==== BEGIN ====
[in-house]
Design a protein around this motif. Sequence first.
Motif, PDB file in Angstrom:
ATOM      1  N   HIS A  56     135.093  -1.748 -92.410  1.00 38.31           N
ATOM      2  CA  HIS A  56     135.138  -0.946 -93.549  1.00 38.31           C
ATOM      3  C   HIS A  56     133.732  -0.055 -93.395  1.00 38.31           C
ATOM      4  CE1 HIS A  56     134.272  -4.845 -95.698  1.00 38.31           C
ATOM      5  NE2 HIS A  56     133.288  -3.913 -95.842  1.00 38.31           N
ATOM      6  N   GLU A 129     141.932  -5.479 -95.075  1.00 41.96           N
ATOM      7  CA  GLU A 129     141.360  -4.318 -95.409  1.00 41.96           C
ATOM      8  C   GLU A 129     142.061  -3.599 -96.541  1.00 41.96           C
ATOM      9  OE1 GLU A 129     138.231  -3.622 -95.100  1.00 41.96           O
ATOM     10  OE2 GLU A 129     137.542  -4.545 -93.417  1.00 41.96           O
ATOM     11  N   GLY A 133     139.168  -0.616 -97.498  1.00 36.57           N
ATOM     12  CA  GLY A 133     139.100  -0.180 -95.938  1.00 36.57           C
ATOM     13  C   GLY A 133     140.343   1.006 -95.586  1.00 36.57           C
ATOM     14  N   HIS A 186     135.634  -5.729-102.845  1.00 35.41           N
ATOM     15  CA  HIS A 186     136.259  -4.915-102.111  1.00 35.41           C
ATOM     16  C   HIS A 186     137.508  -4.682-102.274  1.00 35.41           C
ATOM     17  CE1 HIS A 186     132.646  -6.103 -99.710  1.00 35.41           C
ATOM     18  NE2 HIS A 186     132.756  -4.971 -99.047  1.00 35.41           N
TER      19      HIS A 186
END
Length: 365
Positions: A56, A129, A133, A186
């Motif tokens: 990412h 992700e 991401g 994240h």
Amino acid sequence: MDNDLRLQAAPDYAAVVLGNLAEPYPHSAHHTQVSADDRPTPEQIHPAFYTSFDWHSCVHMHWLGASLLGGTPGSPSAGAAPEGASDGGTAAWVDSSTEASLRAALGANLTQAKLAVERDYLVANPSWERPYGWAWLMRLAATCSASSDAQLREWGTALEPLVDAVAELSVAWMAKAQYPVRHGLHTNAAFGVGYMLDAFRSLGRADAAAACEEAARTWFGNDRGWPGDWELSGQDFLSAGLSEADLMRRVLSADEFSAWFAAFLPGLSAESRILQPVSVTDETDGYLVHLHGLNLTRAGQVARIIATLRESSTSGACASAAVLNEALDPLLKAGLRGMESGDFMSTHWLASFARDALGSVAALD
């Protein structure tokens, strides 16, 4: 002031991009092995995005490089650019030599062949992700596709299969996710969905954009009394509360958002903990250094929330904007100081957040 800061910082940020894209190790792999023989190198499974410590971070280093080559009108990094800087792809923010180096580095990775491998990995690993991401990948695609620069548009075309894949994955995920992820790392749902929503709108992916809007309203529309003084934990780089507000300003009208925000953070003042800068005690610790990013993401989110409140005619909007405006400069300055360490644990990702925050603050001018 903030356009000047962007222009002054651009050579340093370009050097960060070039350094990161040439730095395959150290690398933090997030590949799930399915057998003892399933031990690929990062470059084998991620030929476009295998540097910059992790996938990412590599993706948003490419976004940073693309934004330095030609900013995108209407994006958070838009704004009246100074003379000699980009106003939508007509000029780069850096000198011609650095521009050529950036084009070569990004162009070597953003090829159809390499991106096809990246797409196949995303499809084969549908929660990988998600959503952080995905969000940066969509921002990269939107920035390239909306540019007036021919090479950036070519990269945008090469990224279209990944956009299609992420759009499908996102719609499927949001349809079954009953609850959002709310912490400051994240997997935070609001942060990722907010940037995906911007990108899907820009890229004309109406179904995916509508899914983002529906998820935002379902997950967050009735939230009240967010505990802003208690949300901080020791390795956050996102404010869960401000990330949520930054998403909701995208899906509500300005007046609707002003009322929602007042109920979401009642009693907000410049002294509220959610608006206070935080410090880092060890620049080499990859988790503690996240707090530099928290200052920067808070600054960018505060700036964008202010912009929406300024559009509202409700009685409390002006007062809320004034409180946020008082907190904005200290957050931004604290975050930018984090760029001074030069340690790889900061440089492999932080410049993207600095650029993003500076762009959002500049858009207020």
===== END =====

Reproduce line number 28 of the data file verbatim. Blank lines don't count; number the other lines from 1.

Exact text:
């Protein structure tokens, strides 16, 4: 002031991009092995995005490089650019030599062949992700596709299969996710969905954009009394509360958002903990250094929330904007100081957040 800061910082940020894209190790792999023989190198499974410590971070280093080559009108990094800087792809923010180096580095990775491998990995690993991401990948695609620069548009075309894949994955995920992820790392749902929503709108992916809007309203529309003084934990780089507000300003009208925000953070003042800068005690610790990013993401989110409140005619909007405006400069300055360490644990990702925050603050001018 903030356009000047962007222009002054651009050579340093370009050097960060070039350094990161040439730095395959150290690398933090997030590949799930399915057998003892399933031990690929990062470059084998991620030929476009295998540097910059992790996938990412590599993706948003490419976004940073693309934004330095030609900013995108209407994006958070838009704004009246100074003379000699980009106003939508007509000029780069850096000198011609650095521009050529950036084009070569990004162009070597953003090829159809390499991106096809990246797409196949995303499809084969549908929660990988998600959503952080995905969000940066969509921002990269939107920035390239909306540019007036021919090479950036070519990269945008090469990224279209990944956009299609992420759009499908996102719609499927949001349809079954009953609850959002709310912490400051994240997997935070609001942060990722907010940037995906911007990108899907820009890229004309109406179904995916509508899914983002529906998820935002379902997950967050009735939230009240967010505990802003208690949300901080020791390795956050996102404010869960401000990330949520930054998403909701995208899906509500300005007046609707002003009322929602007042109920979401009642009693907000410049002294509220959610608006206070935080410090880092060890620049080499990859988790503690996240707090530099928290200052920067808070600054960018505060700036964008202010912009929406300024559009509202409700009685409390002006007062809320004034409180946020008082907190904005200290957050931004604290975050930018984090760029001074030069340690790889900061440089492999932080410049993207600095650029993003500076762009959002500049858009207020």